"I need your (Sokanyile’s) urgent input on a drive that I need for my Monday EXCO Meeting. Can you please develop a new list of journos that we can invite to a press conference, games and other future CSA activities.
"I am looking for Black journos, Indian and Coloured journos including some white journos that you propose we work with going forward. I have received a nod from the CEO to withdraw the membership of the people we spoke about yesterday.
"For the English tour, please immediately ensure that Firdose Moonda, Telford Vice, Stuart Hess and Ken Borland do not receive an invite from CS and that their accreditation is revoked. If there is any other journalist that you feel needs to make the list then I suggest you add them to my list. Keep this confidential for now."
Subsequently, Sokanyile presented him with an alternative course of action, which included documented face-to-face meetings with the "problematic" journalists, with a mediator.
If that failed, only then send complaints letters to their editors, write to the Press Ombud and suspend special privileges or revoke accreditation.
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Despite that, Mthembu wrote to Sokanyile and Gaofetoge saying: "Spokie and KK, I am sending this for your actioning. Please deregister all the people that we have discussed. They are not to form part of any planned future CSA engagements."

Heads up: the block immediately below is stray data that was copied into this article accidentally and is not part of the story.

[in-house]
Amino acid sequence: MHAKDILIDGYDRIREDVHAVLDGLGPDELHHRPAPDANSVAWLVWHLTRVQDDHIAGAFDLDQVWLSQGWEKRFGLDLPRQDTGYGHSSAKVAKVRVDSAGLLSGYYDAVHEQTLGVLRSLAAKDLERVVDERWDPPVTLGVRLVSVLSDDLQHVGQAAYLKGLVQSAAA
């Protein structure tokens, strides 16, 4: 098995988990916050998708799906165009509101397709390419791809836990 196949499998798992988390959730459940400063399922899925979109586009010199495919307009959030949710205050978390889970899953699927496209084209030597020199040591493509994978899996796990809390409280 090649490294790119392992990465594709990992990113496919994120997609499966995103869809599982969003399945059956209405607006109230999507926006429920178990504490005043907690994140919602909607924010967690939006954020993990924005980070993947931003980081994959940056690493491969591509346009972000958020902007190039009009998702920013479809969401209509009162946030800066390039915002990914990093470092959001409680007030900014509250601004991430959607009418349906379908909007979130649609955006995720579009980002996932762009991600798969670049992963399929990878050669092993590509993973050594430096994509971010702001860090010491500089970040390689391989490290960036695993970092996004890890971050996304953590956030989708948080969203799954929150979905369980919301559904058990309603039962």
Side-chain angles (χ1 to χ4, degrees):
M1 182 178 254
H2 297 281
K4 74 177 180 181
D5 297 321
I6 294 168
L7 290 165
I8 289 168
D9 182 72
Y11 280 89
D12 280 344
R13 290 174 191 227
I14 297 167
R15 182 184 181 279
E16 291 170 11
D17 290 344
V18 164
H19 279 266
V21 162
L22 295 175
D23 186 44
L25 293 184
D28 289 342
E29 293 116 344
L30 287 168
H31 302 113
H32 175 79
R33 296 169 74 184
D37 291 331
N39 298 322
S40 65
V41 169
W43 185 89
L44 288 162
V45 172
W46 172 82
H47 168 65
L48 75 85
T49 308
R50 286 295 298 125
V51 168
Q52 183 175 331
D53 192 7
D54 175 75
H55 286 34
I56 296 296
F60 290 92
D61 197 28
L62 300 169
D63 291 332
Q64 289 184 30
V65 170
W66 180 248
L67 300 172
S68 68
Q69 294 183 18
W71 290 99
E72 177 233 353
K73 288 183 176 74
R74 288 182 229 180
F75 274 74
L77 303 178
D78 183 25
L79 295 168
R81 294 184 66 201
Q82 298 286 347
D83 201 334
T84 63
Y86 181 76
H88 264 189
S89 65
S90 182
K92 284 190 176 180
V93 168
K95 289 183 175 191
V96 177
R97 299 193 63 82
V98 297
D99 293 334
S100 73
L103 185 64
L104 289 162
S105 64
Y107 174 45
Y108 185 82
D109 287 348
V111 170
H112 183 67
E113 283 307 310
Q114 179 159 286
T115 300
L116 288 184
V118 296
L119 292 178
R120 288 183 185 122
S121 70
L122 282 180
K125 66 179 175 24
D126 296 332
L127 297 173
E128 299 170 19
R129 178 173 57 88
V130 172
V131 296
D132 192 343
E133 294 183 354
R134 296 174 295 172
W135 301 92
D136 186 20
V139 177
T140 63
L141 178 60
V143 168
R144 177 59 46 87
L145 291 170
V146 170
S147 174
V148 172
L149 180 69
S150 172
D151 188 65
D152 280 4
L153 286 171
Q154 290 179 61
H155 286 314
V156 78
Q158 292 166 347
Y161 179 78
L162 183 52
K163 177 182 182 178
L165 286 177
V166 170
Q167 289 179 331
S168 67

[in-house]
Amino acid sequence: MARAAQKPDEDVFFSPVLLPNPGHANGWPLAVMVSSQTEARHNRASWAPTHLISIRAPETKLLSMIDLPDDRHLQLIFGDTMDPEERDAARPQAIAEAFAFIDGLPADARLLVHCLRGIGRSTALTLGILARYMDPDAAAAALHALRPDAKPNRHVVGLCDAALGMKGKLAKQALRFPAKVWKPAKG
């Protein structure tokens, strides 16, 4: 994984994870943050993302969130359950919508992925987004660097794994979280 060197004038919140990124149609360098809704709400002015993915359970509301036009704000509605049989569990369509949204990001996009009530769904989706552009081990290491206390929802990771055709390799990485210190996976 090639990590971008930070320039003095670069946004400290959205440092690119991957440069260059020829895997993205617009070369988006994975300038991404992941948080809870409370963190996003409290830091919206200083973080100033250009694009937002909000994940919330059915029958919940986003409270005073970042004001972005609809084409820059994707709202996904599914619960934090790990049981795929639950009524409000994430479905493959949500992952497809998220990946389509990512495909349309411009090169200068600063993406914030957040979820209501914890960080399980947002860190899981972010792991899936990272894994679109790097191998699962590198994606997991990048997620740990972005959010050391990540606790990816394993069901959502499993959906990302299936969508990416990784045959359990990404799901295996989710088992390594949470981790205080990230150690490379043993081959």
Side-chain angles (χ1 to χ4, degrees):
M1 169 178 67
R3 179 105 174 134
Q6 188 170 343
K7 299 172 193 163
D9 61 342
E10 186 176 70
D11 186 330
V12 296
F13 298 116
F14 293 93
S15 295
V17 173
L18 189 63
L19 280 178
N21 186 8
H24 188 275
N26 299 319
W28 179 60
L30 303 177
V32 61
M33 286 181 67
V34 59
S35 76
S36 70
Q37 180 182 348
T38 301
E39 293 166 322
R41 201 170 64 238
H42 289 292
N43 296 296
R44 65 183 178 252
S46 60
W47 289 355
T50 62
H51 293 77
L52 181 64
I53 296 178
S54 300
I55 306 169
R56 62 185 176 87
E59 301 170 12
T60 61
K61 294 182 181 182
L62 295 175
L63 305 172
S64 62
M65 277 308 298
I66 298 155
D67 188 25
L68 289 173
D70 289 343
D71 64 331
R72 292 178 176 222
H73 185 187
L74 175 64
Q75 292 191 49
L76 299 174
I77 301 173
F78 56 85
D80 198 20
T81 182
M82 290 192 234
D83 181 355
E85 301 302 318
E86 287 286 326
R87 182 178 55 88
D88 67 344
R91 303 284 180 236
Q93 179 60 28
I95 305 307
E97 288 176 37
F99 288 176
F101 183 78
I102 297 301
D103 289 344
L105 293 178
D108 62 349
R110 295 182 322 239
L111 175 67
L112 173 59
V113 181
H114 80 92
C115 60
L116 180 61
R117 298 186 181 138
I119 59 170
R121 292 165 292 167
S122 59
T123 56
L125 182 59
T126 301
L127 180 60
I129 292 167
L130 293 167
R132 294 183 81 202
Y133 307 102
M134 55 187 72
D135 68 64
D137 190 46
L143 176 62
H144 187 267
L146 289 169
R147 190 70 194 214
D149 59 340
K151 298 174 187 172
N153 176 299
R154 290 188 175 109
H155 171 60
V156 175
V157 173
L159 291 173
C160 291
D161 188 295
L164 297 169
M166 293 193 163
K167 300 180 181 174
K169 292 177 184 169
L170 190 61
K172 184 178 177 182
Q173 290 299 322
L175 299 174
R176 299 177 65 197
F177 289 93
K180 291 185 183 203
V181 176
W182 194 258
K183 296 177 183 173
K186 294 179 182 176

On 25 November 2019, Gaofetoge, following Mthembu’s documented directive, wrote to CSA ticketing officer Daryl Barrufol, instructing him to revoke the five journalists’ accreditation.
Screengrabs of group WhatsApp messages former HR consultant Chantel Moon shared to Fundudzi’s investigators show that Mthembu was acting under Moroe’s instruction.
As such, Fundudzi found that:
- Mthembu and Gaofetoge revoked accreditation of the above-mentioned five journalists on 25 November 2019 upon instructions from Moroe.
- In revoking media accreditation of the five journalists, Moroe failed to promote and protect the interests, activities and welfare of CSA in contravention of clause 4.1 of his contract of employment.
- Moroe failed to act in the best interest of CSA in contravention of section 76(3)(b) of the Companies Act in that he revoked or caused to be revoked media accreditation of the five journalists, which conduct resulted in sponsors raising serious concerns and reservations.
- Gaofetoge requested Daryl Baruffol to inform the respective cricket ground managers of the revocation of the media accreditation of the five journalists.
- Gaofetoge reinstated the accreditation of the five journalists on 2 December 2019, following media onslaught and concerns raised on social media.
- Various sponsors, including Standard Bank, Momentum, Sunfoil, KFC raised their dissatisfaction about the manner in which CSA handled the revocation of media accreditation of the five journalists.
- The revocation of the journalist’s media accreditation denigrated or harmed the public image (reputation) of Cricket or CSA in contravention of clause 2.1 of the CSA’s Code of Conduct.
- The revocation of the journalist’s media accreditation brought CSA’s name into disrepute with various sponsors expressing their concerns about developments at CSA.
- The revocation of media accreditation was not sanctioned by the Board nor was it discussed at Board level prior to its implementation.
Moroe eventually apologised to the five journalists and issued a public apology, following public backlash at the decision, media criticism all round and sponsors’ dismay at the bad publicity.